No EMCO, but Orang Asli say barred from leaving Perak village

·4-min read
No EMCO, but Orang Asli say barred from leaving Perak village
No EMCO, but Orang Asli say barred from leaving Perak village

Residents of Kampung Gedung and Kampung Chang Lama, Sungai Gepai, Perak claim to have been barred from leaving their villages to buy food from nearby Bidor town.

This is because they share the only road leading to the town with other Orang Asli villages that are currently under an enhanced movement control order (EMCO) until August 24.

The residents claimed that while Kampung Senta, Kampung Chang Baru, and Kampung Sanding have been eligible for food aid during the EMCO period, Kampung Gedung and Kampung Chang Lama have not.

“We are not begging for food but if (the authorities) are not allowing us to go out to get food but are also not providing us with food aid, how are we meant to survive?” asked Kampung Chang Lama resident Rizuan Tempek.

He said his family has run out of dry foods such as sugar, rice, and cooking oil.

He also claimed that the Kampung Chang Lama village chief has complained to the Department of Orang Asli Development (Jakoa) and the Health Ministry about this.

“Both parties informed him that Kampung Gedung and Kampung Chang Lama are not EMCO areas and are allowed to go out and buy goods.

“They told him residents should just inform the police officers at the roadblock. However, the officers in charge still prevented them from going out to buy necessities,” he said.

Rizuan added that the village chief even requested for Jakoa and the Health Ministry to certify that their villages were not EMCO areas, but both said they were unauthorised to issue such a letter.

On Aug 17, Perak and Kedah Jakoa director Harulnizam Abdul Rahman said food boxes would be sent to villages in Bidor, including the ones that are not under EMCO, following an article by The Star claiming that residents from Kampung Chang Baru were appealing for more food supplies from Jakoa.

Harulnizam also denied that Orang Asli were barred from leaving their villages to buy necessities, insisting that those without wrist tags were allowed to go out.

However, Rizuan stressed that the food crisis would not have been an issue had the villagers been allowed to leave the area.

"If they are going to impose EMCO restrictions onto non-EMCO areas, then they should change their policies on food aid distributed to these areas as well," he said.

He further claimed that the police prevented the villagers from attending their vaccination appointments on Aug 13, which led to some not going for their appointments on Aug 14 out of fear they would not be allowed through.

“This is contrary to the ruling that residents in EMCO areas are allowed to go for their vaccinations.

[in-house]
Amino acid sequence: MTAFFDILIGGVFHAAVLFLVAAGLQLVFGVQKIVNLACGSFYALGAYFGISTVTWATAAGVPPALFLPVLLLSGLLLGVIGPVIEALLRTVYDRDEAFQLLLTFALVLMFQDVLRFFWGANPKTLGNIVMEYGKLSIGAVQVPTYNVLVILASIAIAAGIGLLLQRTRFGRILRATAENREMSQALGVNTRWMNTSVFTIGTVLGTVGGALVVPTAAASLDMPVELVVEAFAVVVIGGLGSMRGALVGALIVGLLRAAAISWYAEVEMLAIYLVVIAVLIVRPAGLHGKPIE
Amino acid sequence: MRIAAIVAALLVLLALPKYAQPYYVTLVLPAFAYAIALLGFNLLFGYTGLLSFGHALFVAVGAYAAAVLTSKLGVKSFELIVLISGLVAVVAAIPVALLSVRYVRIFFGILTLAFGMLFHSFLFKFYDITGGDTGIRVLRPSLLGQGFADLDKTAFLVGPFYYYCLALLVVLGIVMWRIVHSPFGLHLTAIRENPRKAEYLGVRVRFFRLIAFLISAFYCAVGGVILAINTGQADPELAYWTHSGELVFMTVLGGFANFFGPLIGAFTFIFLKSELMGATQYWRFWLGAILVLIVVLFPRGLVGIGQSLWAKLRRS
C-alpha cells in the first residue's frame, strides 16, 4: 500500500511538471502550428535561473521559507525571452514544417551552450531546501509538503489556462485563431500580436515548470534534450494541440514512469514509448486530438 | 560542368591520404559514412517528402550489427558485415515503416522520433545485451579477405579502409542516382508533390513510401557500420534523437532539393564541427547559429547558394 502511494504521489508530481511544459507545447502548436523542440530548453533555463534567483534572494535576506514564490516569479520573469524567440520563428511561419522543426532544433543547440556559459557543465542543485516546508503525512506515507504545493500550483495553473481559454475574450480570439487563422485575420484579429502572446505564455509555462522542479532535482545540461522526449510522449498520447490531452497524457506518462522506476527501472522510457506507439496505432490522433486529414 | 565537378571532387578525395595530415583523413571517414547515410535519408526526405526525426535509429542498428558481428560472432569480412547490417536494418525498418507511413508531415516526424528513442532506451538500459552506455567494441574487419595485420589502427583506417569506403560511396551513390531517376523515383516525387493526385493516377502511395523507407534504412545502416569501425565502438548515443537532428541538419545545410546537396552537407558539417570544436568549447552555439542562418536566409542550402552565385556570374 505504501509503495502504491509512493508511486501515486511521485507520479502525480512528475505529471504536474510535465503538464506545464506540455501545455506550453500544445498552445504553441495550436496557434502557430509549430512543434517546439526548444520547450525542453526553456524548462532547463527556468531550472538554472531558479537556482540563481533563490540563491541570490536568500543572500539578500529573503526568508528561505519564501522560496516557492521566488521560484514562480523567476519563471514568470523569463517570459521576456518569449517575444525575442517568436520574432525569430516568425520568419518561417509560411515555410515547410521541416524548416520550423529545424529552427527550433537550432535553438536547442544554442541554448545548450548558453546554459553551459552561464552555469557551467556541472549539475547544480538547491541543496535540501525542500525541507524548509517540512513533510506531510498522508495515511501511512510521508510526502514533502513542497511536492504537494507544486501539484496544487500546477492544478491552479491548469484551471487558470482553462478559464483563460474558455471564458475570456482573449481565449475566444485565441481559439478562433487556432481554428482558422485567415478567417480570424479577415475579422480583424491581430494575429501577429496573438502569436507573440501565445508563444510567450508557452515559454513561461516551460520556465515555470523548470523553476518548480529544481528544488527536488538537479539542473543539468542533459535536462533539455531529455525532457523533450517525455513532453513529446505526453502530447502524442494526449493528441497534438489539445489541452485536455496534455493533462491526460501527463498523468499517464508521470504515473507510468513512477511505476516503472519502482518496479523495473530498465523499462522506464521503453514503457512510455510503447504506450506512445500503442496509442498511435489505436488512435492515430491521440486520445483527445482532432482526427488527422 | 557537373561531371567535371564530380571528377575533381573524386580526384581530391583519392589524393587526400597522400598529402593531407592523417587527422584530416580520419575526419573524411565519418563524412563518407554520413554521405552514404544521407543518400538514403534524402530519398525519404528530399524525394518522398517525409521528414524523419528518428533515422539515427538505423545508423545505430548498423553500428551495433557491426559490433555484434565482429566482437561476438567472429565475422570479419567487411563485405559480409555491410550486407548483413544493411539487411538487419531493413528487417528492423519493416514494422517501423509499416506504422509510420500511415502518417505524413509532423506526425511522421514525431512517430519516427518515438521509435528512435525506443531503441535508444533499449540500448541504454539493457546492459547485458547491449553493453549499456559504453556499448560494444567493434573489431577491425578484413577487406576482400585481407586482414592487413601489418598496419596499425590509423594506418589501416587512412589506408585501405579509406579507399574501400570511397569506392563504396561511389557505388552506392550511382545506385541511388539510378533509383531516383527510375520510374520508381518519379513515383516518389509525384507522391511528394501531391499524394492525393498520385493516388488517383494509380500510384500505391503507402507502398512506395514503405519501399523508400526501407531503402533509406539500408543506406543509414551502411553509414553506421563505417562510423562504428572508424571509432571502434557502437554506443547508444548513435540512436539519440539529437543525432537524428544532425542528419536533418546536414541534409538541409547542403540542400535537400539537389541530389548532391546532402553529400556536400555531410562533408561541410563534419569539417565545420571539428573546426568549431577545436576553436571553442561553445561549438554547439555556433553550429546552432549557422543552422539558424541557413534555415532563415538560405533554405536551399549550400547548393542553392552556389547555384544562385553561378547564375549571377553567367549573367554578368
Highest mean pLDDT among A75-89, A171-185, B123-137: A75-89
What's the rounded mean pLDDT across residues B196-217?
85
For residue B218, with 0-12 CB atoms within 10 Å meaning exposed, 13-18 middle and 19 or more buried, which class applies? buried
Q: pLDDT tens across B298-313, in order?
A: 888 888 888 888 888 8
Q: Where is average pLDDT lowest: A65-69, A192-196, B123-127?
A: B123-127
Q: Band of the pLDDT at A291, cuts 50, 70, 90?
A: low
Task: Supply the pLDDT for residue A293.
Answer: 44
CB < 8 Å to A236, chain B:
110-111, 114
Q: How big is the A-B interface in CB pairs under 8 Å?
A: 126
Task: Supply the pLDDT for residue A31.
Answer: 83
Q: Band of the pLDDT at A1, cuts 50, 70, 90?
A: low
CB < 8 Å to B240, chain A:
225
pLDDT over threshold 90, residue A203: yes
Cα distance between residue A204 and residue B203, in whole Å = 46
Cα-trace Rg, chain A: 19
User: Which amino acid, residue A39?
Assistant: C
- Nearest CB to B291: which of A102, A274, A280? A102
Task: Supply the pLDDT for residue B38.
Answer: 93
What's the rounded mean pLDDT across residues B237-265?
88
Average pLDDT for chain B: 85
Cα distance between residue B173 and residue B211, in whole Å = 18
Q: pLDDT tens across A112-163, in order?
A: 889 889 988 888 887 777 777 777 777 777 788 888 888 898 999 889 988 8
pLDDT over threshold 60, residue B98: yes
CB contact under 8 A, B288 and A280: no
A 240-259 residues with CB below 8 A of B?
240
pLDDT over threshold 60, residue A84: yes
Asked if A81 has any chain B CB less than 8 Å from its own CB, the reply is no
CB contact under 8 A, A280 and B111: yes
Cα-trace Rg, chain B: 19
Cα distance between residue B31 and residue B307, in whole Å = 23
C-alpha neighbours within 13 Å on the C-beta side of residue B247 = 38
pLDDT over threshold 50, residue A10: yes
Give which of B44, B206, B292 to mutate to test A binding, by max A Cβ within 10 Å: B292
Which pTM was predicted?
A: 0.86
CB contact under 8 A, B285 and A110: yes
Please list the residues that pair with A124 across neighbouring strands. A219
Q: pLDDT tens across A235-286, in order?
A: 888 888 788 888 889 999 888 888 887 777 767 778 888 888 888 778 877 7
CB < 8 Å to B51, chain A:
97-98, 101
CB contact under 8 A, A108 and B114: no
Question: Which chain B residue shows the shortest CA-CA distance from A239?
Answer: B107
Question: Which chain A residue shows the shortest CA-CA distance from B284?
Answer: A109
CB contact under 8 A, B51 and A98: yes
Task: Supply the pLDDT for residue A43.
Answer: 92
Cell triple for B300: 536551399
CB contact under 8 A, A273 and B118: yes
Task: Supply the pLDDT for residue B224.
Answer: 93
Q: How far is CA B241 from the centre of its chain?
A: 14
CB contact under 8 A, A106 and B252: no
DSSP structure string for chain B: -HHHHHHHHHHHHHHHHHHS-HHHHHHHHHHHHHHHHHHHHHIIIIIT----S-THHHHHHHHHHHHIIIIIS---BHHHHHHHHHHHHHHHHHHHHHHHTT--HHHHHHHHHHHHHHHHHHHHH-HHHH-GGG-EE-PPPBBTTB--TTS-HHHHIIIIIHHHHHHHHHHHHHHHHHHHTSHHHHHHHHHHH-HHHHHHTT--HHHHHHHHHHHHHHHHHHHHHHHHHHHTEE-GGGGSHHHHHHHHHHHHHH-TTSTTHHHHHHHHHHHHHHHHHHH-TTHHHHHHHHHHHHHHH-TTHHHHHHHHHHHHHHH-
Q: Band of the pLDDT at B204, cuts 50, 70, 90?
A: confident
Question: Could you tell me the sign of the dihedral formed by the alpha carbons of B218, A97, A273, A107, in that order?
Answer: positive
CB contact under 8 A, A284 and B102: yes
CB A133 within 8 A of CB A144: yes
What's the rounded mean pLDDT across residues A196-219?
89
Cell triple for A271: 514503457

“The Health Ministry gave us the green light that we were allowed to leave the area for vaccinations, but when confronted with the police, we were told otherwise,” he said.

Meanwhile, Perak police chief Mior Faridalathrash Wahid denied blocking the villagers from leaving their area.

“Movement in and out of the area is granted to villagers without a wrist tag, do not have symptoms and do not go out in large numbers,” he said.

He added that new vaccination dates have been provided to the affected Orang Asli villagers by the district health office.

Eight deaths in Bidor subdistrict

On Aug 12, Mior Faridalathrash told reporters that 784 Orang Asli residents in Mukim Bidor (Bidor subdistrict) tested positive for Covid-19, and eight succumbed to the virus.

The following day, the Perak Health Department issued a statement that referred to the 784 positive cases and eight deaths as covering the entire Batang Padang district.

Rizuan claimed that some of the shops in Bidor town began to deny service to Orang Asli villagers following Mior’s claim.

“The announcement brought a negative impact on the Orang Asli community in Bidor when the eight who passed away due to the virus were said to be from the entire Batang Padang district.

“As far as I am aware, Bidor only had one death from the virus and it was a resident from Kampung Senta.

“However, following the announcement (of the deaths), some shop owners are assuming everyone from the Orang Asli community is Covid-19 positive,” he said.

Rizuan said residents in Kampung Chang Lama were caught in limbo over misinformation that they were also an EMCO area.

The National Security Council issued a statement on August 9 that Kampung Chang was an EMCO area, without clarifying whether it was Kampung Chang Baru or Kampung Chang Lama, Sungai Gepai.

The Kampung Chang Lama residents were only made aware that they were not an EMCO area after clarifying with Jakoa, said Rizuan.

Malaysiakini is trying to contact the state Jakoa for a response to the situation.

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